That sort of racial disparity isn’t uncommon: Of the 3,021 homicides of white people in 2014, 82% were committed by white people, while 15% of the offenders were black. The figures Trump retweeted inaccurately stated that 81% of white homicide victims are killed by blacks.
The Justice Department maintains a Bureau of Justice Statistics, though its figures don’t match those Trump retweeted. The FBI’s uniform crime statistics lag by a year — with 2014 numbers only recently becoming available — and no federal government agency has produced such figures for 2015.”
I should also add that the “source”listed on Trump’s retweet doesn’t even exist. There’s no Crime Statistics Bureau, but then, not having the factsnever stopped Trump before. From his take on Mexico sending over criminals and rapists, to claiming to view thousands of Muslims cheering on 9/11, Donald Trump has proven that he will do anything and say anything outlandish, as long as it will get him what he wants. And right now he wants to be on the news 24/7, and oh, to win his party’s nomination.
Here’s George Wallace in 1963, dramatically posing for the still cameras and TV cameras, in order to block the entrance of the University of Alabama from two black students who’d enrolled at the school, even though he’d already agreed over the phone with President Kennedy that the students could enter (George didn’t want to look “weak” for his constituents, so here’s his reality show moment) :
Read more here:
Both Donald Trump and George Wallace, in his time, appealed to a conservative base of blue collar voters. As in Wallace’s day, some say the majority of Trump’s supporters are also less educated and lower income whites.
“Several pundits have pointed out the parallels between Trump’s run and Wallace’s unsuccessful 1972 candidacy. Both men were widely perceived as potentially dangerous demagogues as they emerged amid a crowded primary field by speaking in politically incorrect terms about “the other.” ”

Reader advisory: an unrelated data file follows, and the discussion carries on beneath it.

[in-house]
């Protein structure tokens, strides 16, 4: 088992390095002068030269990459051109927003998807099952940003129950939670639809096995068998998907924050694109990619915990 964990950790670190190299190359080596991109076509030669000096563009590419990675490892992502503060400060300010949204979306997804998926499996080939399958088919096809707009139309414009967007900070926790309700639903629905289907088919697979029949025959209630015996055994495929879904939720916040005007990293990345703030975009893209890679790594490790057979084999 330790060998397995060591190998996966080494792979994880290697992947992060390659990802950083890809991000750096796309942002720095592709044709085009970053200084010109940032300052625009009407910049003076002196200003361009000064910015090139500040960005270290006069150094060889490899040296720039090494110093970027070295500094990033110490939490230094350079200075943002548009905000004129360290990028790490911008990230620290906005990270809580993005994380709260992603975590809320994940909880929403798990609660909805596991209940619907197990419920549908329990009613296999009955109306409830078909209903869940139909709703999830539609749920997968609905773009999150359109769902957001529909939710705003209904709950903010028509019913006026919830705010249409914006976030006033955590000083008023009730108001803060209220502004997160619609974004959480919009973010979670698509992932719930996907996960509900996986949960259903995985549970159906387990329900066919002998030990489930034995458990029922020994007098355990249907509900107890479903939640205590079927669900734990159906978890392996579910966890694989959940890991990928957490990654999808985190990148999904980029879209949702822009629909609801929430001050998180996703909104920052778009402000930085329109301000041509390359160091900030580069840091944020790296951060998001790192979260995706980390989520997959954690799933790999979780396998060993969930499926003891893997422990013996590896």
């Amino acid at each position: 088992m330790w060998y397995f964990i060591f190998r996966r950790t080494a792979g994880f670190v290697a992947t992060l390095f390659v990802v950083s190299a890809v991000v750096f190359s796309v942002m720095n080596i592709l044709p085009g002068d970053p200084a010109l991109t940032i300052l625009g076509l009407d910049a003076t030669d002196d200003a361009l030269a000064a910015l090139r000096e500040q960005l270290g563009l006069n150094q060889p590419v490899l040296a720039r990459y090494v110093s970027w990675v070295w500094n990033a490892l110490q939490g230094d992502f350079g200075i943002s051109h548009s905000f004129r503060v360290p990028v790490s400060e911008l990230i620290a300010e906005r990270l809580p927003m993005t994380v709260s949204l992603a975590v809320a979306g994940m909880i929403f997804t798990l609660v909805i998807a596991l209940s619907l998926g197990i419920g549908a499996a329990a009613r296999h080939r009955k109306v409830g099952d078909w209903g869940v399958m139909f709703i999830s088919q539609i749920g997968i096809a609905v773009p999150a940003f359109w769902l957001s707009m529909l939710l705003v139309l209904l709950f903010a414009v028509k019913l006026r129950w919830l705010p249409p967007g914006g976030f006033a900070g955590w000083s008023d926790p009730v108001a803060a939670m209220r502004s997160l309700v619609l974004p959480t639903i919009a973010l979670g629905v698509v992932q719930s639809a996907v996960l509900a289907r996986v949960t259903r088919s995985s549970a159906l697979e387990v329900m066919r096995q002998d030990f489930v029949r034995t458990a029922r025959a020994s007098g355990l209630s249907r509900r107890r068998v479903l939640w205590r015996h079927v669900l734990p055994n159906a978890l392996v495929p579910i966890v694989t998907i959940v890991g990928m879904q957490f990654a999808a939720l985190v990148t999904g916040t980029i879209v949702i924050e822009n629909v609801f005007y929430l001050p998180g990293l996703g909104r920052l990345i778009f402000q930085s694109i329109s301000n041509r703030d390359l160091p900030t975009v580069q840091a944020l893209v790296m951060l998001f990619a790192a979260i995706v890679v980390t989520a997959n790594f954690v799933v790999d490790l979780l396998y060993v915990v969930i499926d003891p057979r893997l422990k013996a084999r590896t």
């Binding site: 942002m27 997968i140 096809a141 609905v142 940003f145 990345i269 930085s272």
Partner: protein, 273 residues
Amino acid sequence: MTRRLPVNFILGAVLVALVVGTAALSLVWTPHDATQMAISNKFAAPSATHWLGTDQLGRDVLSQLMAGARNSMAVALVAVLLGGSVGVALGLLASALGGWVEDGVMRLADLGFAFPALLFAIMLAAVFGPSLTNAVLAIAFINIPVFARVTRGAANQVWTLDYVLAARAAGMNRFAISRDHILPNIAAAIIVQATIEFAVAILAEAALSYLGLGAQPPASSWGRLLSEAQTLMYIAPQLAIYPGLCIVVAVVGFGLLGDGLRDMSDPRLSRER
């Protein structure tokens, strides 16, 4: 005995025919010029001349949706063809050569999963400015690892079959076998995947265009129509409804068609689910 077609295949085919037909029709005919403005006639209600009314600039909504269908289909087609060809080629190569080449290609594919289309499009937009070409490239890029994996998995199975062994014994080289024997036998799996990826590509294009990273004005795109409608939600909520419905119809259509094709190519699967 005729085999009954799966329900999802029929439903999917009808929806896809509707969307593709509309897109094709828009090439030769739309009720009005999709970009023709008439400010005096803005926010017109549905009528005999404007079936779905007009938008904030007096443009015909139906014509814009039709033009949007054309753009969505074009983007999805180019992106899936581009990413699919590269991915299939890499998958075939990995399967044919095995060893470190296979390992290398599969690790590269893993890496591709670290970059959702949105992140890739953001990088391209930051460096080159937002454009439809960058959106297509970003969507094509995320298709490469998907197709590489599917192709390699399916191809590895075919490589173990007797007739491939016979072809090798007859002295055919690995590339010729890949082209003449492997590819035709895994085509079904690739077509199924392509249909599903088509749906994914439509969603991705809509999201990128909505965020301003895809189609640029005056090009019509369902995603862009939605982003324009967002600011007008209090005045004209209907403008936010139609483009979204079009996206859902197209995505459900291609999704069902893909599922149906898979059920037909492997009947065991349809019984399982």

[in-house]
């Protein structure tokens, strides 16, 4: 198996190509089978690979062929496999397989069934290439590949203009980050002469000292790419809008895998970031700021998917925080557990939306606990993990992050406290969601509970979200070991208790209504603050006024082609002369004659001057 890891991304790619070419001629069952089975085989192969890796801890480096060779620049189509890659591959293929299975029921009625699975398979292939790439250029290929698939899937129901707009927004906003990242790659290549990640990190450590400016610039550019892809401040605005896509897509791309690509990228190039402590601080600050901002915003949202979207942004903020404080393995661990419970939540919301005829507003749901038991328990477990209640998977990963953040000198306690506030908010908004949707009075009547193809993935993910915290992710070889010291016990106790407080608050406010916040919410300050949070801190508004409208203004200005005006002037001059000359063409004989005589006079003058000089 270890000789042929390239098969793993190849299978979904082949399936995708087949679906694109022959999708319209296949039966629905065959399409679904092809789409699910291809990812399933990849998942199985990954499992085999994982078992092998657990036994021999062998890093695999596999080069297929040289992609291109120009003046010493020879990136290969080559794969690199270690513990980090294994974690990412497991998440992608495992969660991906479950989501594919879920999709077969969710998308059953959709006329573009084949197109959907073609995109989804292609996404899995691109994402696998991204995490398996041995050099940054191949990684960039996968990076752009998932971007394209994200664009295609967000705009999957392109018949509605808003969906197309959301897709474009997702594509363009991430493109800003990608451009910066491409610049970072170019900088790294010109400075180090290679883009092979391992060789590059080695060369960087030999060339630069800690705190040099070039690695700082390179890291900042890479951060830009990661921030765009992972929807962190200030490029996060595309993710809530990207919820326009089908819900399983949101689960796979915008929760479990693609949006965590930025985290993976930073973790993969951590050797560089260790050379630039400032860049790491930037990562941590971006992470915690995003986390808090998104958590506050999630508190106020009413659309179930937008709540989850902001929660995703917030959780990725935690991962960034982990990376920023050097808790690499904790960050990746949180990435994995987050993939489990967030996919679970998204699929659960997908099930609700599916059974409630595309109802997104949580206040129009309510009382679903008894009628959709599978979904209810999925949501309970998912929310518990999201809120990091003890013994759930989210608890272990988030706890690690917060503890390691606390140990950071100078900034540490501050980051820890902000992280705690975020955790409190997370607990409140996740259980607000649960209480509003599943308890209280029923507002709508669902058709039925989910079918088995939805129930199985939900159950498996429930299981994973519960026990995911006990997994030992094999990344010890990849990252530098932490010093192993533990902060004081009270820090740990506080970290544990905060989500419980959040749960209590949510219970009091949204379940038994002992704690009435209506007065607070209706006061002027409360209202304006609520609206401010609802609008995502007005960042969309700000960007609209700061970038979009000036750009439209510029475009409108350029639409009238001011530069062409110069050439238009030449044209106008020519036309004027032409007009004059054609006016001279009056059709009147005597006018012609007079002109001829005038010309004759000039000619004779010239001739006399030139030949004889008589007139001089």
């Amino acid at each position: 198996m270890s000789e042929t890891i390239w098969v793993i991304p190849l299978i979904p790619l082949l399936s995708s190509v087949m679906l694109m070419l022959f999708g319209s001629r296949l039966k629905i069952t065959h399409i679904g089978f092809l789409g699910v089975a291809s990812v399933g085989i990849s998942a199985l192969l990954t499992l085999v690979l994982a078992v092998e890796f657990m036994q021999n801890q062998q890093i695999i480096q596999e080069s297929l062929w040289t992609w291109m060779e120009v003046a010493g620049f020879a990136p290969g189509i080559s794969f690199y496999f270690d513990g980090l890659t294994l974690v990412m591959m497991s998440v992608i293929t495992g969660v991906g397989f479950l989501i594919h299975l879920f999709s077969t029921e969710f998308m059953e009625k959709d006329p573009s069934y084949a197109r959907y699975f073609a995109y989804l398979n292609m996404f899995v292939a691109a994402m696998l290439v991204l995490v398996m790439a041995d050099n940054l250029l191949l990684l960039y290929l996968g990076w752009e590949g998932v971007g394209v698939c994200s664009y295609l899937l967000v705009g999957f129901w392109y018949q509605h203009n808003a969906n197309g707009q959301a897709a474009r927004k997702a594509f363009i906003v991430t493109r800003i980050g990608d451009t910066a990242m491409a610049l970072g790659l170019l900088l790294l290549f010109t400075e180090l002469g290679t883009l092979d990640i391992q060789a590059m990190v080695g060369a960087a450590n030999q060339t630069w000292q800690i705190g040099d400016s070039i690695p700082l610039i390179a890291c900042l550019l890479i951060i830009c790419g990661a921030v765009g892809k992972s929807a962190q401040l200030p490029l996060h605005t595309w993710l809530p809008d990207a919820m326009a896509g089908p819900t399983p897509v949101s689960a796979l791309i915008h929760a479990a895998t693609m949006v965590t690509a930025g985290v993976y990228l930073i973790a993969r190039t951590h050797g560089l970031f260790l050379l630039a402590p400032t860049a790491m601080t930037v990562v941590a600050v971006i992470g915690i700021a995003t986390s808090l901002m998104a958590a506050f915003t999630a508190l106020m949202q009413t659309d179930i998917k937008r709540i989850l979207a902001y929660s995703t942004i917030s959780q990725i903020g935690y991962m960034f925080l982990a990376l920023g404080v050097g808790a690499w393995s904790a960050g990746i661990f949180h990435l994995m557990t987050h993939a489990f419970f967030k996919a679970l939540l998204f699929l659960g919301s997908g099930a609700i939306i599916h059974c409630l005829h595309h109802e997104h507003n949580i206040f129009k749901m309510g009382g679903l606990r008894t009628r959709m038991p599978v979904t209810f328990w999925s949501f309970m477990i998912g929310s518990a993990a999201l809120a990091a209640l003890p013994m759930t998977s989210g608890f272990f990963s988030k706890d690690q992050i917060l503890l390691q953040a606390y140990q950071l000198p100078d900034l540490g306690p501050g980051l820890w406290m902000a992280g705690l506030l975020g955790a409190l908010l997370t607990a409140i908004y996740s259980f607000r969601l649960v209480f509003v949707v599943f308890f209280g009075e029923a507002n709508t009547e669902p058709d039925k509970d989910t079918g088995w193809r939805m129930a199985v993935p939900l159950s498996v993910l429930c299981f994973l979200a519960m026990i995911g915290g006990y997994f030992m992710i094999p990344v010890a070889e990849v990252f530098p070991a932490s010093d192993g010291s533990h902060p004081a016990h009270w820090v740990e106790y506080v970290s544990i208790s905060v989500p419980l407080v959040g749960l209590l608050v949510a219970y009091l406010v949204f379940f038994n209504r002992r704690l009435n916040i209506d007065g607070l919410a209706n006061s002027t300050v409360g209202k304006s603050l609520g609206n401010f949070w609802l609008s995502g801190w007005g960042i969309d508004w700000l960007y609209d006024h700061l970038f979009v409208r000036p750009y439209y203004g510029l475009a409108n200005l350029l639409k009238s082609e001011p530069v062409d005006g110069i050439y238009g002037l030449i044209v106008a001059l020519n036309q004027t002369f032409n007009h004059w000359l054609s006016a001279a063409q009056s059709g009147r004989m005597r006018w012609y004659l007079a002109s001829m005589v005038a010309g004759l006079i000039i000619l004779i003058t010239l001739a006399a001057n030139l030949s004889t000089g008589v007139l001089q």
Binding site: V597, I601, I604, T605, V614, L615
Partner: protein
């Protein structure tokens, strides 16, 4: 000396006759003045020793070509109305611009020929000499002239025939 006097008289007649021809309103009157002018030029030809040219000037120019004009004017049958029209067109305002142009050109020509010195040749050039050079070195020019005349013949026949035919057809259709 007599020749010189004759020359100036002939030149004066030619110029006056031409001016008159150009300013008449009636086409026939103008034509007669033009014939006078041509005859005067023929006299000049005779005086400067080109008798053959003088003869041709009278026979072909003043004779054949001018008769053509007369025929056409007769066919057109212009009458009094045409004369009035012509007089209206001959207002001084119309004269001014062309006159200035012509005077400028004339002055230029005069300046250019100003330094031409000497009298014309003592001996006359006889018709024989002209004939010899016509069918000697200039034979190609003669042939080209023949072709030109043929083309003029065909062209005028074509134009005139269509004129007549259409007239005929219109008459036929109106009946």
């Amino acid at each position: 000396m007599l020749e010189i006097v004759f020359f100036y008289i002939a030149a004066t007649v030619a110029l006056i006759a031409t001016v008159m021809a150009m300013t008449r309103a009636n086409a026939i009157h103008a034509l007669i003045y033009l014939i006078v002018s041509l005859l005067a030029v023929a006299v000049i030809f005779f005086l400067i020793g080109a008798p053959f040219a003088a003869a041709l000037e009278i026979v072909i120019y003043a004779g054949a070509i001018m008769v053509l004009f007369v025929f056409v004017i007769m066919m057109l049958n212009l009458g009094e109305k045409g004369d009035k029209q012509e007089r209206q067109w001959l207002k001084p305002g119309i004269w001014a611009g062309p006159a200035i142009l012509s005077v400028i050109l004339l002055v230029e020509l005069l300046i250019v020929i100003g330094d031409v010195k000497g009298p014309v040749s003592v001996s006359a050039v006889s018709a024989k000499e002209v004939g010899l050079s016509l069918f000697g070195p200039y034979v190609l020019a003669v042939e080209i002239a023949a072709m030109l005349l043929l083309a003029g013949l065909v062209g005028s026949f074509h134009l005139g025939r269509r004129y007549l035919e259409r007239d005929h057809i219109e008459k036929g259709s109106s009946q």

“Wallace made them feel visible and important; they knew he was their champion, and that he would tell the government in Washington that they didn’t like the way they were being treated.”
But Trump’s supporters aren’t just conservatives. There are a smattering of people of color who support him, and I’m willing to bet, quite of few disgruntled Democrats.
The other politicians vying with Trump for the Republican vote aren’t immune from saying stupid and racially insensitive shit. Jeb Bush summoned up the often mentioned “Free stuff” in a woeful attempt to explain why some African Americans vote Democrat. It’s amazing how someone can speak up so forcefully for Hispanics and turn around and offend another ethnic group with insulting theories. But again, its nothing new.
Ronald Reagan used the “Welfare Queen” story as his fear factor card in order to whip up the conservative base. I’ll get more into that a bit later, and how the Welfare Queen myth continues to be utilized in some form or fashion to this day.
There’s also the infamous Willie Horton ad from 1988. The ad was promoted by the National Security PAC, not the Bush/Quayle campaign:
This is going to be a long post, so I’ll be back periodically to update it.